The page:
Sunday, March 3, 2013

Peter Pan (1924)

WHO: Anna May Wong has a very small but very memorable role as Tiger Lily in this.

WHAT: The silent version of J.M. Barrie's play Peter Pan, or the Boy Who Wouldn't Grow Up is for my money still the best screen adaptation of this famous tale. Yes, we all know the Disney version but the Paramount version directed by Herbert Brenon is far more faithful to Barrie's stage original. (Barrie scholars have written that the playwright in fact was dissatisfied with the film for being too faithful to his stagings; he was hoping Hollywood technologies would be used to further expand the scope of his play, but his suggestions went unused.)

One convention of Peter Pan performances was the casting of a young woman in the title role, for "purely practical" reasons as Heidi de Vries puts it: "girls were lighter in the harnesses that were required to lift them up into the air for the flying effects." Brenon's fidelity to staged versions extended to this convention, and 17-year-old Betty Bronson was given the Peter Pan role in his film. An in-the-know audience can't help but recognize the lesbian implications of this casting choice, given that both Wendy (played by Mary Brian) and Tiger Lily are more explicitly (if unrequitedly) romantically interested in Peter in this version than in Disney's. Although Anna May Wong has few scenes as Tiger Lily, in one of them she memorably rubs noses with Bronson affectionately, an action which is clearly meant to be a stand-in for a kiss. So while this isn't the first on-screen interracial, same-sex kiss, it may be the closest a 1920s film came to such a portrayal. At any rate it's probably the only silent film example of face-to-face contact between a white woman in male drag, and a Chinese-American woman in costume as an Indian from a fictitious tribe.

(Speaking of which, although the portrayals of the tribe is based on the stereotypes held by a playwright who knew of America only through what he read, such as the works of James Fenimore Cooper, there's nothing nearly as cringe-inducing as what the 1953 cartoon did with these characters. Still, if you bring children to the screening, it would be a good opportunity to talk to them about racial stereotypes and the use of actors of one ethnicity to portray another.)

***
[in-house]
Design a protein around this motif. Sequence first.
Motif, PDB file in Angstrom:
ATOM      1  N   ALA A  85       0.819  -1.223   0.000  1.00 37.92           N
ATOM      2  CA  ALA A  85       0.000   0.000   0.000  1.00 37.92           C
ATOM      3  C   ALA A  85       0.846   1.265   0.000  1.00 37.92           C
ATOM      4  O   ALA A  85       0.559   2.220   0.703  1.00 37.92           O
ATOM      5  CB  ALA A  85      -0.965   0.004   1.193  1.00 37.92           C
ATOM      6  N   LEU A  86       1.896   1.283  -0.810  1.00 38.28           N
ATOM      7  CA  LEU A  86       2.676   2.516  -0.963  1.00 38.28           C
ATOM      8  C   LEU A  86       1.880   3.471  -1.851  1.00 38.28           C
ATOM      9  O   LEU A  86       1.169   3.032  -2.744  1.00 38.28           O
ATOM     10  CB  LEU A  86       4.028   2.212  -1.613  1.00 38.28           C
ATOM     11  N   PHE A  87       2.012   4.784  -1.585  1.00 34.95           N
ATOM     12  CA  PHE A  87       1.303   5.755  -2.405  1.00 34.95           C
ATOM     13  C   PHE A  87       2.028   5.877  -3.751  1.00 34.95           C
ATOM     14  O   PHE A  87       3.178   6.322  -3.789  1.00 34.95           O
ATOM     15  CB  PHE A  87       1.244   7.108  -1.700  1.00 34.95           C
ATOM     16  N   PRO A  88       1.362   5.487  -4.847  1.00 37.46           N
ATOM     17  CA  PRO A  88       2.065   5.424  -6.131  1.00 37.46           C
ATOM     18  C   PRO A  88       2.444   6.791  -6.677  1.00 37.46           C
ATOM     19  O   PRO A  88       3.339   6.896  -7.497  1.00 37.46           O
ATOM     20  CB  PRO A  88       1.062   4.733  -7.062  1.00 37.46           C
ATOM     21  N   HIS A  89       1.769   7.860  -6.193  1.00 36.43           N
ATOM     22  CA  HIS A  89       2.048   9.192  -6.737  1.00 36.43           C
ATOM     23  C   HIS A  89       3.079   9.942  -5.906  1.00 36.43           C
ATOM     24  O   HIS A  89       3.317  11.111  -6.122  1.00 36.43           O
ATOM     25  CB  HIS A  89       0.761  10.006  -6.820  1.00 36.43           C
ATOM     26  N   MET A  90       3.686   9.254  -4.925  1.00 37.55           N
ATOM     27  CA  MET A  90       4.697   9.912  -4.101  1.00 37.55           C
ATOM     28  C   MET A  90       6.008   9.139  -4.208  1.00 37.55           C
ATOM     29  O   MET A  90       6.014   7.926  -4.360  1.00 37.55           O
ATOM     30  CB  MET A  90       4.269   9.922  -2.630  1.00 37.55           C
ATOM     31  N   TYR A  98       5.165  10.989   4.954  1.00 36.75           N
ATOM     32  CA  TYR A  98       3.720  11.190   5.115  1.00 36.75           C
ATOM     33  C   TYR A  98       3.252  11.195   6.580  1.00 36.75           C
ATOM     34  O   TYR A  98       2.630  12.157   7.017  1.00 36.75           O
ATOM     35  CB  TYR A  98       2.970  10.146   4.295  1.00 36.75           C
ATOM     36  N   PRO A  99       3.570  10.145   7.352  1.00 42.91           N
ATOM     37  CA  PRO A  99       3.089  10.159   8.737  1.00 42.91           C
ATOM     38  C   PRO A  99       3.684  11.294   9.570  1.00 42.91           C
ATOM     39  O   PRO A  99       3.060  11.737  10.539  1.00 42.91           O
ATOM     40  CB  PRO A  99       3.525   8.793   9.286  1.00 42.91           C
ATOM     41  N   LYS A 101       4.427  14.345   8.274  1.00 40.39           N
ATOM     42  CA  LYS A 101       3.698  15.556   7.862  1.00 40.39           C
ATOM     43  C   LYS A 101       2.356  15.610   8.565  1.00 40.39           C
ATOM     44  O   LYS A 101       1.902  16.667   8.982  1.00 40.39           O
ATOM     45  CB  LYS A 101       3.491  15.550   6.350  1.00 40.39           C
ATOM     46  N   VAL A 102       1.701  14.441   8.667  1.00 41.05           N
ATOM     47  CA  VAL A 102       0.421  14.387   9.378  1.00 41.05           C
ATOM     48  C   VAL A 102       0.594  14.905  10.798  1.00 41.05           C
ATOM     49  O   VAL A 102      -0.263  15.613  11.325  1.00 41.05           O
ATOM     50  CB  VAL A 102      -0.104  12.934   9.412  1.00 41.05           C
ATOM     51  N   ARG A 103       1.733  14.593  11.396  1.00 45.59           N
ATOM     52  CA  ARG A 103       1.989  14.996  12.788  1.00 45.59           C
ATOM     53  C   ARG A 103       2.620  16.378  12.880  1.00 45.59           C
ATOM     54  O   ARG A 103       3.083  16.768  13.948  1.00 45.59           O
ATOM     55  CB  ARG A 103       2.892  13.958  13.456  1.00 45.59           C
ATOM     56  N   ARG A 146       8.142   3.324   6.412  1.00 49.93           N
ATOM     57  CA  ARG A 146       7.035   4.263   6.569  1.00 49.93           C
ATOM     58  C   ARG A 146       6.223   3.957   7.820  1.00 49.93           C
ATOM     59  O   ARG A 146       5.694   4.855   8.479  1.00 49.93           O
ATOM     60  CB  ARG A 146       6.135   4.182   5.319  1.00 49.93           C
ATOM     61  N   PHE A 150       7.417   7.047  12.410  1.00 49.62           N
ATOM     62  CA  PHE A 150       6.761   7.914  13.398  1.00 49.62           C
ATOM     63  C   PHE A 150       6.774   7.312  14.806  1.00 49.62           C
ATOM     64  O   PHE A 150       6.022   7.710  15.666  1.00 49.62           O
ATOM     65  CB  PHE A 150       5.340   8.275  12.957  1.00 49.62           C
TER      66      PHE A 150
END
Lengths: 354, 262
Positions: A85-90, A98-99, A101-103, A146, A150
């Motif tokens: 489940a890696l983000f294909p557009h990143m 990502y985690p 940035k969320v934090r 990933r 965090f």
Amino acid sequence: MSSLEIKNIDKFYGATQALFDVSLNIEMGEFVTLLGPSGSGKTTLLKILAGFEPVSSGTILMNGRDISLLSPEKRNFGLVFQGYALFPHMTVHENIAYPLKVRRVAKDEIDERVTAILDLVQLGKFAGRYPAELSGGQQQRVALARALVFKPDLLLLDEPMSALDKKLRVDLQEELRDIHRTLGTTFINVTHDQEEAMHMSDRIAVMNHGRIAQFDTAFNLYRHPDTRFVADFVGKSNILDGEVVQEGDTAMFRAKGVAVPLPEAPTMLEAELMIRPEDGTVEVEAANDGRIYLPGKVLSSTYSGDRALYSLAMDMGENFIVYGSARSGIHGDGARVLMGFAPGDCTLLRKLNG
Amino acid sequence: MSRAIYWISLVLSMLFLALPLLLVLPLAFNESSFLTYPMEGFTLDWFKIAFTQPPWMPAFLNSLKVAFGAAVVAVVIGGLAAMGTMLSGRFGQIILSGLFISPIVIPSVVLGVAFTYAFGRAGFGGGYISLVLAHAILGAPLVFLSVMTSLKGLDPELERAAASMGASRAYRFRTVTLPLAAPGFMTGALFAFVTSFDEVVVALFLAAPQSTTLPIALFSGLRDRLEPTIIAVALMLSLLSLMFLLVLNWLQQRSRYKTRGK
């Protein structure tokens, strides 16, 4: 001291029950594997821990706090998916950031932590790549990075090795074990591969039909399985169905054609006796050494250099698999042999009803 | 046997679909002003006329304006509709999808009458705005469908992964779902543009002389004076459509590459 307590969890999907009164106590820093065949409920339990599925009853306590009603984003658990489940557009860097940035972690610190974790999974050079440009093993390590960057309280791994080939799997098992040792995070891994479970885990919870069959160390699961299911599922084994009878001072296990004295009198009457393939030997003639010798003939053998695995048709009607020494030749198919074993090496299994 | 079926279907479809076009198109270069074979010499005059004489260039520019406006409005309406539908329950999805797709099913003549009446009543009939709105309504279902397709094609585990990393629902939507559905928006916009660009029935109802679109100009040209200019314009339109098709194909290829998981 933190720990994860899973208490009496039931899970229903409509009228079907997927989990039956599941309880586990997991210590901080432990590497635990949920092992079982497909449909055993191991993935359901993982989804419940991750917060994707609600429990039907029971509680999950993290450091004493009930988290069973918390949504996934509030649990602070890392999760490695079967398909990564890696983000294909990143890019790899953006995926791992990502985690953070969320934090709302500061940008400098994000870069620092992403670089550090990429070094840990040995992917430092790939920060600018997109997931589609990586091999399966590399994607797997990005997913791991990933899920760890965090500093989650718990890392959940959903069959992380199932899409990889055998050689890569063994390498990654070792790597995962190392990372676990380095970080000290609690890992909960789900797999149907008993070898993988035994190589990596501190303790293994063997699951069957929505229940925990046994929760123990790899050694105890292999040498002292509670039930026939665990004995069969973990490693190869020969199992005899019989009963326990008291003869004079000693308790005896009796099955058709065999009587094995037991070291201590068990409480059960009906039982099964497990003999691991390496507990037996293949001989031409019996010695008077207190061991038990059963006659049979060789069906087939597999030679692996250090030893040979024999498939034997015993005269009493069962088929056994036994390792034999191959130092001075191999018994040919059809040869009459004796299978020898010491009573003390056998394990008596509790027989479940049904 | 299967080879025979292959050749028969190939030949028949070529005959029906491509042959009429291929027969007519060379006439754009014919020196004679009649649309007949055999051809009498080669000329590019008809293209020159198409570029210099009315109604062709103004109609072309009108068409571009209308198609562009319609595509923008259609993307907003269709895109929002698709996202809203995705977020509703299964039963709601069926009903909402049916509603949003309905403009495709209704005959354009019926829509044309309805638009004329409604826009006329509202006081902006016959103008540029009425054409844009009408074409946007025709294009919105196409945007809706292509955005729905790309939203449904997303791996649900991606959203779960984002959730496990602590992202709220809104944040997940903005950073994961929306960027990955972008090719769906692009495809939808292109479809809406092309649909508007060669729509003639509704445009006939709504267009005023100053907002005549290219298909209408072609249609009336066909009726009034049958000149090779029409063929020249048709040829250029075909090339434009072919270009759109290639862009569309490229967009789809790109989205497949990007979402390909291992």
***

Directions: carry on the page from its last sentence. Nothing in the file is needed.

WHERE/WHEN: Two screenings today only at the Balboa Theatre, the first a 4:00 PM "Family Matinee" and the second as part of the Balboa's annual Birthday Bash, celebrating 87 years of this stalwart movie house festivities starting at 7PM but Peter Pan starting well after that, if previous years are an indication.

WHY: The Balboa's Birthday Bash is one of the most underrated silent film events of the calendar year, especially when it comes to value for money. For a regular ticket price every attendee gets to see a feature film and shorts with live musical accompaniment, as well as other live entertainment as well as a chance to win terrific prizes for knowing silent film trivia. Not to mention the complimentary cake and door prizes, which when I attended two years ago were worth more than the ticket price to begin with!

If you liked seeing Anna May Wong shine in a small role in The Thief of Bagdad at the most recent San Francisco silent film event, the Silent Winter held two weeks ago, you'll definitely want to see a glimpse of her again here. Of course she's also in Shanghai Express at the Roxie today, but it's quite possible for a dedicated cinephile with a free Sunday to make it to screenings of both that and Peter Pan. The next chance to see Wong on screen I'm aware of will be April 13th at the Niles Essanay Silent Film Museum's theatre, where she appears in an Earthquake-themed drama called Old San Francisco from 1927. The Niles calendar for March is also up.

Other silent film events on the horizon include this Friday's showing of Safety Last and Cops in the currently-running Cinequest festival in San Jose, and, just announced, the San Francisco Film Society's first announcement for its upcoming San Francisco International Film Festival: a May 7th Castro Theatre screening of the German expressionist showcase Waxworks with live music by Mike Patton, Scott Amendola, Matthias Bossi and William Winant. I'll admittedly be attending this less as a silent film fan but as a longtime fan of other musical projects these men have been involved in, including Faith No More, Mr. Bungle and Sleepytime Gorilla Museum.

HOW: 35mm print, with music performed by accomplished silent film piano accompanist Frederick Hodges.

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